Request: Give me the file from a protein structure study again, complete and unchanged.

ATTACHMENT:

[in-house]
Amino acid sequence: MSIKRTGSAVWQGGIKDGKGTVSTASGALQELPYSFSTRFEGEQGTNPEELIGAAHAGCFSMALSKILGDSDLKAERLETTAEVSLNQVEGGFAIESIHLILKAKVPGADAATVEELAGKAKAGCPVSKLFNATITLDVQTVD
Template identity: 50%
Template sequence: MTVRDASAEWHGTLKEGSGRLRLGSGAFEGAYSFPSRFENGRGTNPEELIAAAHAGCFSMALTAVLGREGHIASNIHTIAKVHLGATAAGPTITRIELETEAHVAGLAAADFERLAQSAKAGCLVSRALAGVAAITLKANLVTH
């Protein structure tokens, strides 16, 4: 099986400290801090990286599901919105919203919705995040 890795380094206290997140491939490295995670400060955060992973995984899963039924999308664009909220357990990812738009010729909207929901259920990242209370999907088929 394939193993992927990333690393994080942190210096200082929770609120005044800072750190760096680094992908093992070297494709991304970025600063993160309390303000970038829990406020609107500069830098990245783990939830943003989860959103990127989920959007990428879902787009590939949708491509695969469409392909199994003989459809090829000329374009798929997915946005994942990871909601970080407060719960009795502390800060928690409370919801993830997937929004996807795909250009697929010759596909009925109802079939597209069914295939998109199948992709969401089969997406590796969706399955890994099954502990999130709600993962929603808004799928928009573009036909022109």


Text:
[in-house]
Amino acid sequence: MSIKRTGSAVWQGGIKDGKGTVSTASGALQELPYSFSTRFEGEQGTNPEELIGAAHAGCFSMALSKILGDSDLKAERLETTAEVSLNQVEGGFAIESIHLILKAKVPGADAATVEELAGKAKAGCPVSKLFNATITLDVQTVD
Template identity: 50%
Template sequence: MTVRDASAEWHGTLKEGSGRLRLGSGAFEGAYSFPSRFENGRGTNPEELIAAAHAGCFSMALTAVLGREGHIASNIHTIAKVHLGATAAGPTITRIELETEAHVAGLAAADFERLAQSAKAGCLVSRALAGVAAITLKANLVTH
């Protein structure tokens, strides 16, 4: 099986400290801090990286599901919105919203919705995040 890795380094206290997140491939490295995670400060955060992973995984899963039924999308664009909220357990990812738009010729909207929901259920990242209370999907088929 394939193993992927990333690393994080942190210096200082929770609120005044800072750190760096680094992908093992070297494709991304970025600063993160309390303000970038829990406020609107500069830098990245783990939830943003989860959103990127989920959007990428879902787009590939949708491509695969469409392909199994003989459809090829000329374009798929997915946005994942990871909601970080407060719960009795502390800060928690409370919801993830997937929004996807795909250009697929010759596909009925109802079939597209069914295939998109199948992709969401089969997406590796969706399955890994099954502990999130709600993962929603808004799928928009573009036909022109």